On the west end of the garden is where we are planning to plant our wedding flowers. We are growing 4 types here: Zinnias, Rudbeckia, Bells of Ireland, and Snapdragons.

Throughout the garden we will have some potted Sunflowers that will also be used for our wedding.

That is the plan for now…

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First Harvest!

On Saturday we had our first significant harvest so far this summer. We harvested 3 beets, 3 bunches of lettuce, 2 bunches of cilantro, and 5 onions. On Monday evening we created a meal around the beets, greens and all. Here is a great recipe from the New York Times on how to prepare beet greens. http://www.nytimes.com/2008/08/08/health/nutrition/08recipehealth.html?_r=1.

Here are some pics from our harvest and some updated garden pics:

“The garden suggests there might be a place where we can meet nature halfway”
-Michael Pollan

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Natalie and I ventured to Royal Oak last night to see a showing of Food Inc. The movie was great, and as good as I thought it would be. We both had a pretty good understanding of the issues going in, and to see them described in more detail was very eye opening. A lot of reviews I have read mentioned that after you see Food Inc. you will never eat the same way again, which in my opionion is a very good thing. To see how evil corporations (Tyson, Perdue, Monsanto, Smithfield) operate should make us all call for change. Yes, the movie is very one-sided, but throughout the movie you see that none of these corporations would be interviewed for the movie. Instead they decide to post a response on their website, for example, http://www.monsanto.com/foodinc/. You can even take a quiz/an ‘explanation’ of their side of the story, have fun!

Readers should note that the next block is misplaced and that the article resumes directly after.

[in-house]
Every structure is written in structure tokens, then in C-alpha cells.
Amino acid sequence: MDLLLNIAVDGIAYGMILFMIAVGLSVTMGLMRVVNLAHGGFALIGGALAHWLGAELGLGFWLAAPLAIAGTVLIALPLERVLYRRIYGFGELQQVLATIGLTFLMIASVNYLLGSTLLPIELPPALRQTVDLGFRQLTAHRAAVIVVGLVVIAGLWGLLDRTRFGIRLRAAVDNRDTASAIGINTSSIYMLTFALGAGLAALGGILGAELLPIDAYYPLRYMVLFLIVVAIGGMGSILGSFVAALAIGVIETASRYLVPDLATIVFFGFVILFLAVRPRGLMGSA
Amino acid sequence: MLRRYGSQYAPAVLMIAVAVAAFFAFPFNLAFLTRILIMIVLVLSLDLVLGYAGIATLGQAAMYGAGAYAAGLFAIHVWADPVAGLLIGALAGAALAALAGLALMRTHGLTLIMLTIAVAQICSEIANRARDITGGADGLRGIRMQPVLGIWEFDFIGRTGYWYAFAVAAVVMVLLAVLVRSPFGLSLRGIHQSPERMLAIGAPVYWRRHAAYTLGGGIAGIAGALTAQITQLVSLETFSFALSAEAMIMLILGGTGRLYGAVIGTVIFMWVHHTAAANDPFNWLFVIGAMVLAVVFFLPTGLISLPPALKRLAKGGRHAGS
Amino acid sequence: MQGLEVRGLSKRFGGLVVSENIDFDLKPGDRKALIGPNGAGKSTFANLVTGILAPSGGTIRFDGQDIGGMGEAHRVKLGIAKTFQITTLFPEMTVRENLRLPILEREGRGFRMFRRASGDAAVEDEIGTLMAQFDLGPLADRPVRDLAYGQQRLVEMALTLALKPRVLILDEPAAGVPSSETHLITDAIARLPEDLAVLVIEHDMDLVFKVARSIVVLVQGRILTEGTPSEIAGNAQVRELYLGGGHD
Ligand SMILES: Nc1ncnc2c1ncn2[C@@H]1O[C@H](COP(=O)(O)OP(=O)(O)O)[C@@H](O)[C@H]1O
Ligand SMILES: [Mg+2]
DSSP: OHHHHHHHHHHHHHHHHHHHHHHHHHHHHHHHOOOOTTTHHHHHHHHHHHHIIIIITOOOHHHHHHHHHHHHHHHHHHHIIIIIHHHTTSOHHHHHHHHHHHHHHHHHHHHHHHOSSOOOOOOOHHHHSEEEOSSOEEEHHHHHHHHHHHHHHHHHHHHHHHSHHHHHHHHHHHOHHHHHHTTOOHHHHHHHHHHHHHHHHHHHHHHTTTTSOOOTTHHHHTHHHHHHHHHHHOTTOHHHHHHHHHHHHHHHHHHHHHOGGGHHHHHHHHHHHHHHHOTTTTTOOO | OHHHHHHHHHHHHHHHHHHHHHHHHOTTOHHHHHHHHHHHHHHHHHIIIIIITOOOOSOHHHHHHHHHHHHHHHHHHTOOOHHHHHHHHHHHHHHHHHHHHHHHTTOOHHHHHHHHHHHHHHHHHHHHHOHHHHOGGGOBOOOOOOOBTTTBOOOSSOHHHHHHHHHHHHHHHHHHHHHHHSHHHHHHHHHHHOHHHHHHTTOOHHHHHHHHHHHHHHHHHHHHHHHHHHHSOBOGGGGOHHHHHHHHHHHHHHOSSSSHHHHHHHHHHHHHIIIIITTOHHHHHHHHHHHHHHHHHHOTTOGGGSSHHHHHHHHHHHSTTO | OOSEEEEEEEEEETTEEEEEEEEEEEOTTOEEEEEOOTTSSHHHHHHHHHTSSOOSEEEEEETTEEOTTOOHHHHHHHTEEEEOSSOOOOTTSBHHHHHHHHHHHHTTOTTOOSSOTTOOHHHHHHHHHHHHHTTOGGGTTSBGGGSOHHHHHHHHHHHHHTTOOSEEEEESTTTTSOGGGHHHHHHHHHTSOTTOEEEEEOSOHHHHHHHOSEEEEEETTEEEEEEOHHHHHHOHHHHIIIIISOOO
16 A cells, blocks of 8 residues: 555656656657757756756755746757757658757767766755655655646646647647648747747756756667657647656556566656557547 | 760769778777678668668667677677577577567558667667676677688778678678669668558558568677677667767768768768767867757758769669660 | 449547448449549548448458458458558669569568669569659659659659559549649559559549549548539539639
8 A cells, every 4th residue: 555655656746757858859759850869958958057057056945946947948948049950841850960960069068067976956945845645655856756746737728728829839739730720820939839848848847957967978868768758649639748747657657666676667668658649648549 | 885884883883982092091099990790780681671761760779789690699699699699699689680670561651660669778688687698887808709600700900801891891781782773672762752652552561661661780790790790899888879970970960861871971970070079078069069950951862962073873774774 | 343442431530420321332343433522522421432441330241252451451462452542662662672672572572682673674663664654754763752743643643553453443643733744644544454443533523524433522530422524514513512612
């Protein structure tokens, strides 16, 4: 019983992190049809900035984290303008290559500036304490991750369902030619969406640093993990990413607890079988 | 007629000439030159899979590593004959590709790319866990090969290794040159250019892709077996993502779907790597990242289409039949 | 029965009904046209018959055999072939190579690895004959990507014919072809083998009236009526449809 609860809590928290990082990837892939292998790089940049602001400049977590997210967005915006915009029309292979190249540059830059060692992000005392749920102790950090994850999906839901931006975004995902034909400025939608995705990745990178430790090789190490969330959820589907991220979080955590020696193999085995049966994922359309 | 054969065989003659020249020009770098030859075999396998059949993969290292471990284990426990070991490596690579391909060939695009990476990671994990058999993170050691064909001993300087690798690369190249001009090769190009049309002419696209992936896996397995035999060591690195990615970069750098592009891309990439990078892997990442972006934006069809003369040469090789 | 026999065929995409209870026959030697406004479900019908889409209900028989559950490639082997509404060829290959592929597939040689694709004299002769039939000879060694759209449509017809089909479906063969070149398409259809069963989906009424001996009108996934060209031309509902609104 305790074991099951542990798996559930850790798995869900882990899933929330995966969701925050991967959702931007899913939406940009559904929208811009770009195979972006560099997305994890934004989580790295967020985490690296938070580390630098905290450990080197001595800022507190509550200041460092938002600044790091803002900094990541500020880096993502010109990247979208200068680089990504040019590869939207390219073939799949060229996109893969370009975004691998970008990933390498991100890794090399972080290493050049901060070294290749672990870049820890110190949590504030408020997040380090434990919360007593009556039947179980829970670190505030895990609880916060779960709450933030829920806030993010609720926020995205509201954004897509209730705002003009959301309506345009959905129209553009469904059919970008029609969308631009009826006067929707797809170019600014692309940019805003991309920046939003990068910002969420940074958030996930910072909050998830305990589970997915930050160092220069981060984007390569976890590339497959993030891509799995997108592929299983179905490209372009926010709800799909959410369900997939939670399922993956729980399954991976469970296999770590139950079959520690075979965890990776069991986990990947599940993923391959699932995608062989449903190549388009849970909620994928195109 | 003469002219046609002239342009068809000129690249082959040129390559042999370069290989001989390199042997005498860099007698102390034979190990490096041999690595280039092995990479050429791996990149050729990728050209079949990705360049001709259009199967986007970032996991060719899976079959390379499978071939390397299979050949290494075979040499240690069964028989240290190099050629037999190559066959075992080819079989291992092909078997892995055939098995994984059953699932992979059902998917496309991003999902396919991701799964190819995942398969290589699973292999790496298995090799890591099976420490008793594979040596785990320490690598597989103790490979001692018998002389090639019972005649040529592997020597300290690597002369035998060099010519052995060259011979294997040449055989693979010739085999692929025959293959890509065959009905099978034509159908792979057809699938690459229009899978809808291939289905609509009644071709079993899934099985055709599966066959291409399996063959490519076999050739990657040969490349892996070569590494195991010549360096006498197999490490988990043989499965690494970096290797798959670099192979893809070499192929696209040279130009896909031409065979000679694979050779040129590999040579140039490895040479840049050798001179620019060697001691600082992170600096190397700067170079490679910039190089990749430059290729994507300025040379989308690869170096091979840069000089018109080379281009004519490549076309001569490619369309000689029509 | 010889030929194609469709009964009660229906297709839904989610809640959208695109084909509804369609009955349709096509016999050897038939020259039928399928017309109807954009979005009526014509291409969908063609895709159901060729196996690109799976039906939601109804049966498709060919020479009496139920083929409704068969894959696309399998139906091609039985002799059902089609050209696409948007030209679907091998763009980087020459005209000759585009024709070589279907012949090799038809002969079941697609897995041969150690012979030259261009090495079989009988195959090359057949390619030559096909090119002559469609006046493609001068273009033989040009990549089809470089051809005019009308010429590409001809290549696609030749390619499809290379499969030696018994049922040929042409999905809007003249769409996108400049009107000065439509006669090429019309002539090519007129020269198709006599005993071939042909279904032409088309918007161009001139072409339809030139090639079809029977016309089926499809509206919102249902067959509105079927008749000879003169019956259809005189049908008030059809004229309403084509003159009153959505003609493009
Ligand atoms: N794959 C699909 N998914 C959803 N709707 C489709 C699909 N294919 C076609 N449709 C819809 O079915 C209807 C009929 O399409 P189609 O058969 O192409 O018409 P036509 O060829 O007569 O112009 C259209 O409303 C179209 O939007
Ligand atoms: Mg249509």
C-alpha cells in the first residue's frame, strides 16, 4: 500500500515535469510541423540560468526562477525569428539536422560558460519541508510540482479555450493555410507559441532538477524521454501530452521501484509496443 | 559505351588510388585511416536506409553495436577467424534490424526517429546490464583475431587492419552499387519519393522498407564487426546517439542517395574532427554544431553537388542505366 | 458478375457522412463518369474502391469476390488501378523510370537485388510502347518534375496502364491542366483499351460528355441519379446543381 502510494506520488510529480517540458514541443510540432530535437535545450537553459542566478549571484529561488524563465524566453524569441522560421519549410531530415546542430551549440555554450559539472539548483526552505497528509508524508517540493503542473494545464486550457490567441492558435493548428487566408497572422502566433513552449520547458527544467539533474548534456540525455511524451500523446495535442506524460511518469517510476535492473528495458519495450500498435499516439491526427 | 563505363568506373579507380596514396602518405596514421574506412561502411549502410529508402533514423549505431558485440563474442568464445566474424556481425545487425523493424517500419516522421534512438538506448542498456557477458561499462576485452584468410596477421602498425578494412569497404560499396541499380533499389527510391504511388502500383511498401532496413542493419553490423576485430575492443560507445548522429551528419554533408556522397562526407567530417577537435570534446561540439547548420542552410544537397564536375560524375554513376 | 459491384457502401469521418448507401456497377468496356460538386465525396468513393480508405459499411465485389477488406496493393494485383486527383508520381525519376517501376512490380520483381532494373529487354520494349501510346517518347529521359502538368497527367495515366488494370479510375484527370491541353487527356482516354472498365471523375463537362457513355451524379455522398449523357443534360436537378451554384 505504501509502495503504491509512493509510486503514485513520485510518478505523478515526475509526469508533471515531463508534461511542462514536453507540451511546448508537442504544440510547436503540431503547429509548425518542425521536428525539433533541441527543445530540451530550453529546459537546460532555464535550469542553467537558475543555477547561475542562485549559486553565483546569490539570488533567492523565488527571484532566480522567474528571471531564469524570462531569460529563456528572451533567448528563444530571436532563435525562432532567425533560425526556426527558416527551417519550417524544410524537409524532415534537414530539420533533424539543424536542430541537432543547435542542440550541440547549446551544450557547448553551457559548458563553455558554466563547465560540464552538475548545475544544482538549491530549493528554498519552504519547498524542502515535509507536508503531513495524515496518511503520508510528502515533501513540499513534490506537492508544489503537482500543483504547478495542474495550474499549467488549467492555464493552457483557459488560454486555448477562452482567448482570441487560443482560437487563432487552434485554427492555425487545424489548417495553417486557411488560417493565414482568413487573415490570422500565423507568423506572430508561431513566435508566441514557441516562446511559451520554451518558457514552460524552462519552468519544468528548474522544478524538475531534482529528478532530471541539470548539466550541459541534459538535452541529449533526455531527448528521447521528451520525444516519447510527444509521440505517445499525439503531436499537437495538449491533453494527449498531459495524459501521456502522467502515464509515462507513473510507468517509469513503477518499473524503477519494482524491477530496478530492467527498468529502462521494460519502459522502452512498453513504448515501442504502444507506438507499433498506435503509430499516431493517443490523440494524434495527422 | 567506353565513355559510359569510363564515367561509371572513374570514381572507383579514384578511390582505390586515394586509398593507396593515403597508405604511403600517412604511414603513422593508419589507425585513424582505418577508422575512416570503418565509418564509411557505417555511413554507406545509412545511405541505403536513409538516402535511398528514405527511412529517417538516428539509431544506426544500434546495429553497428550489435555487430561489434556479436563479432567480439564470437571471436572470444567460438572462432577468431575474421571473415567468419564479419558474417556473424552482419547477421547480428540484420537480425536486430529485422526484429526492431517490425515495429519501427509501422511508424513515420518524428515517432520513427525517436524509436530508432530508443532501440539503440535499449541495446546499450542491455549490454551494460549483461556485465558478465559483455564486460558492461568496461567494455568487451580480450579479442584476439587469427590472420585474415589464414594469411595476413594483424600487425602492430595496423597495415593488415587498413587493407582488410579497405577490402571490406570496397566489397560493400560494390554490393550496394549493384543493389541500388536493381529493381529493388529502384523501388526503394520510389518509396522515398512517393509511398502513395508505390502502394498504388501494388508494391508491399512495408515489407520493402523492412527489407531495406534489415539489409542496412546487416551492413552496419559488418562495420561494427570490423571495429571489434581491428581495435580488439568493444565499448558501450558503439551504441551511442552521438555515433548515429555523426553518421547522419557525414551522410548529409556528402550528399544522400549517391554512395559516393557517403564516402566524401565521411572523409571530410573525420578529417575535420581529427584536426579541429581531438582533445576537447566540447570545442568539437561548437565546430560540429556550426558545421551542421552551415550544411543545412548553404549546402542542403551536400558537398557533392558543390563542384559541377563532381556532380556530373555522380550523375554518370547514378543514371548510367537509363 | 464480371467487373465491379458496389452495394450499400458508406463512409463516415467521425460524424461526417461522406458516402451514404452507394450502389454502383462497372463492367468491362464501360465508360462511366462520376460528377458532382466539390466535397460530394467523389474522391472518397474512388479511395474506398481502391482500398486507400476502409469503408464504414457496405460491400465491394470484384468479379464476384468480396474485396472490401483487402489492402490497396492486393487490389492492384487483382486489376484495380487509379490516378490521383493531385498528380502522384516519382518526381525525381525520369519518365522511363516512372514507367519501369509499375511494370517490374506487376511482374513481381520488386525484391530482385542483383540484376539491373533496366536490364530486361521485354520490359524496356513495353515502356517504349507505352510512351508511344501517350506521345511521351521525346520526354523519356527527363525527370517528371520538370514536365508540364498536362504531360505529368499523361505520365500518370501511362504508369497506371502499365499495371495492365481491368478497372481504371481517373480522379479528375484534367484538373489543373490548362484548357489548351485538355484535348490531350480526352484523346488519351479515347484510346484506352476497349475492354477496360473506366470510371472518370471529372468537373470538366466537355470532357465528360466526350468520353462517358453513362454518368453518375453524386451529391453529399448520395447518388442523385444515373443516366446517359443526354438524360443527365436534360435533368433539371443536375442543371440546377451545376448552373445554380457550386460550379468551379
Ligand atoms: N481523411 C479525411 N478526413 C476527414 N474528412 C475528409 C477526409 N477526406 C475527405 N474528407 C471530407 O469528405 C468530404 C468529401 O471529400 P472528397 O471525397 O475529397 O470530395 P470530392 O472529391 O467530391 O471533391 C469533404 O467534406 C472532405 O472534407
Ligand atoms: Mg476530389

I encourage everyone who reads my blog to go see this movie, it opens in Ann Arbor at the Michigan Theatre on July 18. If you don’t live in Ann Arbor, you can find when the movie will be playing near you by going to http://www.magpictures.com/dates.aspx?id=3e3938d1-b785-4286-9ae0-8eb5952f1480.

In the meantime please sign this petition to get real food back in our schools http://www.slowfoodusa.org/index.php/campaign/time_for_lunch. Your signature will be used in a public display of support during this year’s reauthorization of the Child Nutrition Act. Here is the Time for Lunch Policy Platform http://www.slowfoodusa.org/downloads/campaigns/time_for_lunch-platform.pdf.

Natalie and I visited Rowe’s Produce farm last week and picked 11-pounds of strawberries for under $20 (strawberries were $1.46/Ib). The crazy thing is we stopped at Whole Foods on the way home to pick up some ice cream and saw Michigan strawberries for $3.99/Ib. Here are some pics from our strawberry picking…



Fianlly here are some updated garden pics…

“Earth provides enough to satisfy every man’s need, but not every man’s greed”

-Mahandas K. Gandhi

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I went to the garden plot last evening to check on the tomato/pepper seedlings and to water the garden. The seedlings are still looking a little weak, but a few days of sun and not being pounded by heavy rain should help. The beets and onions are really shooting up as is the lettuce. The clouds overhead last night were beautiful, here are some pics: